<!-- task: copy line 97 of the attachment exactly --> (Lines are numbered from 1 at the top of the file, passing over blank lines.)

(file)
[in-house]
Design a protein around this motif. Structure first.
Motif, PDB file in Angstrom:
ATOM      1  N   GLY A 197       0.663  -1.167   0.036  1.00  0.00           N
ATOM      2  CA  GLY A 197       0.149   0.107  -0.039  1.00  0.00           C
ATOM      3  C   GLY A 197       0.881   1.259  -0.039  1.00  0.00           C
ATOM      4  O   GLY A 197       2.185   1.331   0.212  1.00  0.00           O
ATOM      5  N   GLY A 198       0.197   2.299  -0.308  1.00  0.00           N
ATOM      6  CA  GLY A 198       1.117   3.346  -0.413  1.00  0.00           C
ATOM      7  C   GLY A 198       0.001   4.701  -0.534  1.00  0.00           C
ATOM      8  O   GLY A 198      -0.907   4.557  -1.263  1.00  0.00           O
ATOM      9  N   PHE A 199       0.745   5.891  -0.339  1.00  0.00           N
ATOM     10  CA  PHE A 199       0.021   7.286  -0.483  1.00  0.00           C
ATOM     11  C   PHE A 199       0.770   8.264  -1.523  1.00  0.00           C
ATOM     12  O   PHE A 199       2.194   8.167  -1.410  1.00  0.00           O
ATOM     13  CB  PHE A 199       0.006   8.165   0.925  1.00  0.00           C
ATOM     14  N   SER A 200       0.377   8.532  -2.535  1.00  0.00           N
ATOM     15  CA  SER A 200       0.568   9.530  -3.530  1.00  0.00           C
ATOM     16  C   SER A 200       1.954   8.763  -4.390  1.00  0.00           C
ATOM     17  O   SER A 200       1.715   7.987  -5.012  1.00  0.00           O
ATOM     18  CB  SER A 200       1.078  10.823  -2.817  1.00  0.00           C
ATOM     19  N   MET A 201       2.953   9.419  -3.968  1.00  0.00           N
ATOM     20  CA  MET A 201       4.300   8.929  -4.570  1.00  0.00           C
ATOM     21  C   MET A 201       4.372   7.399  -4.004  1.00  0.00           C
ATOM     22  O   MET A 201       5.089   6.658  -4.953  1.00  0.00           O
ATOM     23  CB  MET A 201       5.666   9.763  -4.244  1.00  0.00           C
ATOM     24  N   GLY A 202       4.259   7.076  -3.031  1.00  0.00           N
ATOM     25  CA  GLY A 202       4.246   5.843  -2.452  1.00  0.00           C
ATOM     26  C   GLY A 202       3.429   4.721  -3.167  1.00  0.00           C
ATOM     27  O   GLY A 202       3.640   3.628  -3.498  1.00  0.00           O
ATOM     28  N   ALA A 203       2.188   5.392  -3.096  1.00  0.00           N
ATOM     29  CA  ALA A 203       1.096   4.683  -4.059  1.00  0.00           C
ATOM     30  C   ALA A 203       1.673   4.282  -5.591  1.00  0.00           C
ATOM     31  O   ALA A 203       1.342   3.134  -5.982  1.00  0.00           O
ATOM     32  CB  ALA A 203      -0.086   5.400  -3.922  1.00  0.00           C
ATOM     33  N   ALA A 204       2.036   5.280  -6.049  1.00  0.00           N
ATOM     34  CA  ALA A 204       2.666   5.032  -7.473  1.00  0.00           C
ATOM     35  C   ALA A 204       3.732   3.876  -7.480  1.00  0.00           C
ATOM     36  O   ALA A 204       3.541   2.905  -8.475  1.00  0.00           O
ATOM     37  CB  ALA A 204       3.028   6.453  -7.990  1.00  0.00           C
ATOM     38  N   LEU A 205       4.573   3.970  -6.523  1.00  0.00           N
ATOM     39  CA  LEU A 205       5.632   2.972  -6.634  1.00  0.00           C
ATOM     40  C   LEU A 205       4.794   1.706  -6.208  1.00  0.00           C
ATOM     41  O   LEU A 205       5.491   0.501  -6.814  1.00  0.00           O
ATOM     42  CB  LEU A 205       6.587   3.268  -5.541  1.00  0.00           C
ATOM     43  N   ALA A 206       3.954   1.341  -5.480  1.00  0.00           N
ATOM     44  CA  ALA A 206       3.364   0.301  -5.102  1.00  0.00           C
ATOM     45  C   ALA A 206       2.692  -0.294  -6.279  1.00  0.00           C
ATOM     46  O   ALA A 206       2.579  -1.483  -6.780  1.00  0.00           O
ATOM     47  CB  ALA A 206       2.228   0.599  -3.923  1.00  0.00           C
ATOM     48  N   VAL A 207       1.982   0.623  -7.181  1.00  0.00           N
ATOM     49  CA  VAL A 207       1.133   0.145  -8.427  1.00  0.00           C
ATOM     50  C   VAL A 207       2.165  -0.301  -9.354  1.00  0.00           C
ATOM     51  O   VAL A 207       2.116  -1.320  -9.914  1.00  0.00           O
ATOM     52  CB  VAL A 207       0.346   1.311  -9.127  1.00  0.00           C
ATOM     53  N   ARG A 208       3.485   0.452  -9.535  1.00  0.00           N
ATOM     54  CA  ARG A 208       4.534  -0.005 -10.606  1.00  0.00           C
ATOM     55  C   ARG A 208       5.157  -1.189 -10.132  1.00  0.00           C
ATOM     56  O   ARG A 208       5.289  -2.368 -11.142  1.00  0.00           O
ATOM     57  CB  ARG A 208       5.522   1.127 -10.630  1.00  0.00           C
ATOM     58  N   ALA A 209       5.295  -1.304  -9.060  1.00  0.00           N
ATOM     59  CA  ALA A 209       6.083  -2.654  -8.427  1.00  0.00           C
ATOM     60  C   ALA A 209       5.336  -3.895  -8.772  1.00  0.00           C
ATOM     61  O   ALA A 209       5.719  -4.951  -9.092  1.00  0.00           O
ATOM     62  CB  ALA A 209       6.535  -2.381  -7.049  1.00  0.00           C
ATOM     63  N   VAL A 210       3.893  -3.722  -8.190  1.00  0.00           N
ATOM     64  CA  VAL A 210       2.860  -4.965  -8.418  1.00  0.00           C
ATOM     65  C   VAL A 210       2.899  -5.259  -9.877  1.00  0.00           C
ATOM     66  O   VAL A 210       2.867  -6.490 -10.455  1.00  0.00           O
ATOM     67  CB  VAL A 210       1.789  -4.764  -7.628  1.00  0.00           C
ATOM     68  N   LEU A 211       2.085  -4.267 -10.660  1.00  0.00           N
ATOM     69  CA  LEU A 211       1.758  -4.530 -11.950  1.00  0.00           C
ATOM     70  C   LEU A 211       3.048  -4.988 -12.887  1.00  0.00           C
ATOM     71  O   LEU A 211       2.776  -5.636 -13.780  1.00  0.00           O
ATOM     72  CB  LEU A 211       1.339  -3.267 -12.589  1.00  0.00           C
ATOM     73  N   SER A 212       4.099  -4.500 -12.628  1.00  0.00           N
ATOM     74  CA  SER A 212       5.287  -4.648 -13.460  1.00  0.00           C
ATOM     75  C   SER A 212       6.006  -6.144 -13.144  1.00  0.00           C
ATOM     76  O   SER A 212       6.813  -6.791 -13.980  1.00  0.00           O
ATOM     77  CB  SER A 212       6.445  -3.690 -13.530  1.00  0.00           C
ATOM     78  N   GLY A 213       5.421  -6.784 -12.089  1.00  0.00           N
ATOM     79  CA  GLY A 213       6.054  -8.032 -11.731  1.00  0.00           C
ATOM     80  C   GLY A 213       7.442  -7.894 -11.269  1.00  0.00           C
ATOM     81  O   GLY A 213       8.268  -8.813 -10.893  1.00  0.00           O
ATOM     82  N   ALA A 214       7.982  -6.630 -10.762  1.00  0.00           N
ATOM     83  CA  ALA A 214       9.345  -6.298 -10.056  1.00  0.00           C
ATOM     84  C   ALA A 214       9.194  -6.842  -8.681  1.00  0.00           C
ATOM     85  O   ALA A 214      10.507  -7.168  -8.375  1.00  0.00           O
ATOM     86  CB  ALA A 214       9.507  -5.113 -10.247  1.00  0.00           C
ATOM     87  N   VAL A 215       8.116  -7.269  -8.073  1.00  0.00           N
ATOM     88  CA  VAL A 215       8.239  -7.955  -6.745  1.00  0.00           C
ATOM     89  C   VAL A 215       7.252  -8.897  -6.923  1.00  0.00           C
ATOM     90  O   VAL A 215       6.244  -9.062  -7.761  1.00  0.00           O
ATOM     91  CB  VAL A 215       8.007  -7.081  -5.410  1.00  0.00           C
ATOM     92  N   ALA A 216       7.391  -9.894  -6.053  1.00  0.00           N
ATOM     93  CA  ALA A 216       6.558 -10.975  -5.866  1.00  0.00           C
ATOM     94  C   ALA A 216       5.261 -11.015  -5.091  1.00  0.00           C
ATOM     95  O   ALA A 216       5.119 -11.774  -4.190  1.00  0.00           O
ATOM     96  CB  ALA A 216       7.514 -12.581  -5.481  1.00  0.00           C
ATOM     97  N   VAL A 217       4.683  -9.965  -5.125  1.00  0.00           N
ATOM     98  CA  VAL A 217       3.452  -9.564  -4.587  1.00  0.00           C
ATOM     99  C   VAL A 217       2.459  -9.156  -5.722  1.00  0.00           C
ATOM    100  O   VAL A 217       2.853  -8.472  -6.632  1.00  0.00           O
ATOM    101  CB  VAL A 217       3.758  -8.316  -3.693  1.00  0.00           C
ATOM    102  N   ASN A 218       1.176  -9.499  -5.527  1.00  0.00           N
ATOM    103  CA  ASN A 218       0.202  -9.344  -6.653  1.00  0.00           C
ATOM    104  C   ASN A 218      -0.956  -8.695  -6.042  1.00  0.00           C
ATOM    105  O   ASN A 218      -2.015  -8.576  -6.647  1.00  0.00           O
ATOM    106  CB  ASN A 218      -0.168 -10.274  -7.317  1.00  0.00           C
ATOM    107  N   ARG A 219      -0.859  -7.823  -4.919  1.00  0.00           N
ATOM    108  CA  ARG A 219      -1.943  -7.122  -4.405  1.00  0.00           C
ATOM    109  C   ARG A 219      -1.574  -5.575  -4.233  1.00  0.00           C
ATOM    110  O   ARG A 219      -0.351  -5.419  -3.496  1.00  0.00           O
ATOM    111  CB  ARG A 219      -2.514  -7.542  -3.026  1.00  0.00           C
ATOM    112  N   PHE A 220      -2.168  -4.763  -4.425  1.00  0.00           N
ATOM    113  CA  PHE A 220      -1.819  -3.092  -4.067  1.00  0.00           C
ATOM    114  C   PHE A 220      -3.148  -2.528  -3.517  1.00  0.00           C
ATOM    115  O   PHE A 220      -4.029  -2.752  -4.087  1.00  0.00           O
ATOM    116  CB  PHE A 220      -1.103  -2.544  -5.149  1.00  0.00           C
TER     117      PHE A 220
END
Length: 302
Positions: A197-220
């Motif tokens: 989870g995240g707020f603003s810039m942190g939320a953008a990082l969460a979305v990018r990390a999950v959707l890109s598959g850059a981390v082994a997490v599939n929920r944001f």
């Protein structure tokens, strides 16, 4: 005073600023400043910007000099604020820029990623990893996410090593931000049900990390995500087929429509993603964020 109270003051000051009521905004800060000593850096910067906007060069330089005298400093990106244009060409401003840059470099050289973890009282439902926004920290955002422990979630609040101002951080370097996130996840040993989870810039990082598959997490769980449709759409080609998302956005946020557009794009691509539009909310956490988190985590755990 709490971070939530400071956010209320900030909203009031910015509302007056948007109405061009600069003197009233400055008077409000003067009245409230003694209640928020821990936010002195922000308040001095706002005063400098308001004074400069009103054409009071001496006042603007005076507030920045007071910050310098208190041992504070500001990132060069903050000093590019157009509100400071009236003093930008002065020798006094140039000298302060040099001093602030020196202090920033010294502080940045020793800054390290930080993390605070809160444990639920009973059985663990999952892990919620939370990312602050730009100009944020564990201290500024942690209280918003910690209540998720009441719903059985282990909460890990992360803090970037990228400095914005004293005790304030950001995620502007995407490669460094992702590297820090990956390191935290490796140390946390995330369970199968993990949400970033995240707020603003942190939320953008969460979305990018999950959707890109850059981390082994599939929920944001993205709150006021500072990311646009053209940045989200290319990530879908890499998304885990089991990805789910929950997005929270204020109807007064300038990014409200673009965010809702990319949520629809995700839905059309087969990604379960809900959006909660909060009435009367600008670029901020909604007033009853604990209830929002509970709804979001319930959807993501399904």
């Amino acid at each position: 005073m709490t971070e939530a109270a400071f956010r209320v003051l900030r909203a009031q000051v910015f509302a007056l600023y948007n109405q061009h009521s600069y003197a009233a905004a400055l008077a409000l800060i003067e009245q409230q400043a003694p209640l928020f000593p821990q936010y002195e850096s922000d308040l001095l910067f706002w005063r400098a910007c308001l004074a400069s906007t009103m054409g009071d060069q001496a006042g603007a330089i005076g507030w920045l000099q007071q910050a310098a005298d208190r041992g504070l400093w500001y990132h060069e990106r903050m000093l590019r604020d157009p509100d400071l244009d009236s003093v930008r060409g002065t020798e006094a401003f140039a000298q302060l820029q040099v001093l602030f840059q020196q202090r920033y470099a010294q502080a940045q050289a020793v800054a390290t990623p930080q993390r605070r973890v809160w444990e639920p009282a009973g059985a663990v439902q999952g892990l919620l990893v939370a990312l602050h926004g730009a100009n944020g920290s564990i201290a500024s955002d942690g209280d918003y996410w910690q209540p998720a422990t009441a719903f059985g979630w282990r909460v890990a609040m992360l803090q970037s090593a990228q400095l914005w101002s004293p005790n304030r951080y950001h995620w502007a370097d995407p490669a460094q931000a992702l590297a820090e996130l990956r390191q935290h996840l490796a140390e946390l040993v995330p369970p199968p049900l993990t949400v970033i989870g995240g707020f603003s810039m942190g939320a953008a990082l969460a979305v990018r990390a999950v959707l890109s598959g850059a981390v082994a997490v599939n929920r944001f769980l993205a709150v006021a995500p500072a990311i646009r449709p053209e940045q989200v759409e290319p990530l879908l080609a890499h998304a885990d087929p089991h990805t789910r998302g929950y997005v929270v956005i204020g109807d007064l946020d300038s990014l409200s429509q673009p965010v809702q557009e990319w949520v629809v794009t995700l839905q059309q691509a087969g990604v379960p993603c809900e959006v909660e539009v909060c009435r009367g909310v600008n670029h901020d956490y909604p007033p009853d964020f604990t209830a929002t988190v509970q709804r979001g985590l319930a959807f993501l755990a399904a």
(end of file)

ATOM     94  C   ALA A 216       5.261 -11.015  -5.091  1.00  0.00           C